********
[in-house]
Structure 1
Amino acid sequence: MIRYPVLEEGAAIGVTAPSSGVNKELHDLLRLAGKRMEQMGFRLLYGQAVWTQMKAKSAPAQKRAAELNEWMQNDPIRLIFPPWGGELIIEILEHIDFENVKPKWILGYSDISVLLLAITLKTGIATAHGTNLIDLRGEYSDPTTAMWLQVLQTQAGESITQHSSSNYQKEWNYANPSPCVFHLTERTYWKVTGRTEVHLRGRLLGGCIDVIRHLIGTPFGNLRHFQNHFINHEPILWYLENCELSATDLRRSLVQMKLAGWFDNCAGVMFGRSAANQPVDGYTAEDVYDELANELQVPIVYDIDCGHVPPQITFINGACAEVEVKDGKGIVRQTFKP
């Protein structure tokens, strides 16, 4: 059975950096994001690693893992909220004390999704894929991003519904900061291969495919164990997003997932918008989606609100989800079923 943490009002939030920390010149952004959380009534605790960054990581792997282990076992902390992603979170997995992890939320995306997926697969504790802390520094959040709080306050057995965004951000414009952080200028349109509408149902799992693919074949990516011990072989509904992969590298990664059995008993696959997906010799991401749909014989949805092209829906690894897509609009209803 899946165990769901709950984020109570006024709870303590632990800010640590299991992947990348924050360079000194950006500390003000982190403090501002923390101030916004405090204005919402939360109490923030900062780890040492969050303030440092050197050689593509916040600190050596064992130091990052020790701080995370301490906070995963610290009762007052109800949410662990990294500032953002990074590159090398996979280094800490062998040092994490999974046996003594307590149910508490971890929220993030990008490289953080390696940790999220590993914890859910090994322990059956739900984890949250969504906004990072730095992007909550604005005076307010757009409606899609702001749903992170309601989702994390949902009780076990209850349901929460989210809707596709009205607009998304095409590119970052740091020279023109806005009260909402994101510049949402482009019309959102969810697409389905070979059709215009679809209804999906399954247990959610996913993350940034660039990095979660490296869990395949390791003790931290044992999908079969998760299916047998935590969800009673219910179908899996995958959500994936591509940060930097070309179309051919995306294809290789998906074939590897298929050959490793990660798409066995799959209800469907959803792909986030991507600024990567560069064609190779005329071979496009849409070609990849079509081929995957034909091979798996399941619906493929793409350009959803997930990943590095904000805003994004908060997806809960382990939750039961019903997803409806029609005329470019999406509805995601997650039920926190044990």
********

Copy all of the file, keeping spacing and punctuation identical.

[in-house]
Structure 1
Amino acid sequence: MIRYPVLEEGAAIGVTAPSSGVNKELHDLLRLAGKRMEQMGFRLLYGQAVWTQMKAKSAPAQKRAAELNEWMQNDPIRLIFPPWGGELIIEILEHIDFENVKPKWILGYSDISVLLLAITLKTGIATAHGTNLIDLRGEYSDPTTAMWLQVLQTQAGESITQHSSSNYQKEWNYANPSPCVFHLTERTYWKVTGRTEVHLRGRLLGGCIDVIRHLIGTPFGNLRHFQNHFINHEPILWYLENCELSATDLRRSLVQMKLAGWFDNCAGVMFGRSAANQPVDGYTAEDVYDELANELQVPIVYDIDCGHVPPQITFINGACAEVEVKDGKGIVRQTFKP
């Protein structure tokens, strides 16, 4: 059975950096994001690693893992909220004390999704894929991003519904900061291969495919164990997003997932918008989606609100989800079923 943490009002939030920390010149952004959380009534605790960054990581792997282990076992902390992603979170997995992890939320995306997926697969504790802390520094959040709080306050057995965004951000414009952080200028349109509408149902799992693919074949990516011990072989509904992969590298990664059995008993696959997906010799991401749909014989949805092209829906690894897509609009209803 899946165990769901709950984020109570006024709870303590632990800010640590299991992947990348924050360079000194950006500390003000982190403090501002923390101030916004405090204005919402939360109490923030900062780890040492969050303030440092050197050689593509916040600190050596064992130091990052020790701080995370301490906070995963610290009762007052109800949410662990990294500032953002990074590159090398996979280094800490062998040092994490999974046996003594307590149910508490971890929220993030990008490289953080390696940790999220590993914890859910090994322990059956739900984890949250969504906004990072730095992007909550604005005076307010757009409606899609702001749903992170309601989702994390949902009780076990209850349901929460989210809707596709009205607009998304095409590119970052740091020279023109806005009260909402994101510049949402482009019309959102969810697409389905070979059709215009679809209804999906399954247990959610996913993350940034660039990095979660490296869990395949390791003790931290044992999908079969998760299916047998935590969800009673219910179908899996995958959500994936591509940060930097070309179309051919995306294809290789998906074939590897298929050959490793990660798409066995799959209800469907959803792909986030991507600024990567560069064609190779005329071979496009849409070609990849079509081929995957034909091979798996399941619906493929793409350009959803997930990943590095904000805003994004908060997806809960382990939750039961019903997803409806029609005329470019999406509805995601997650039920926190044990």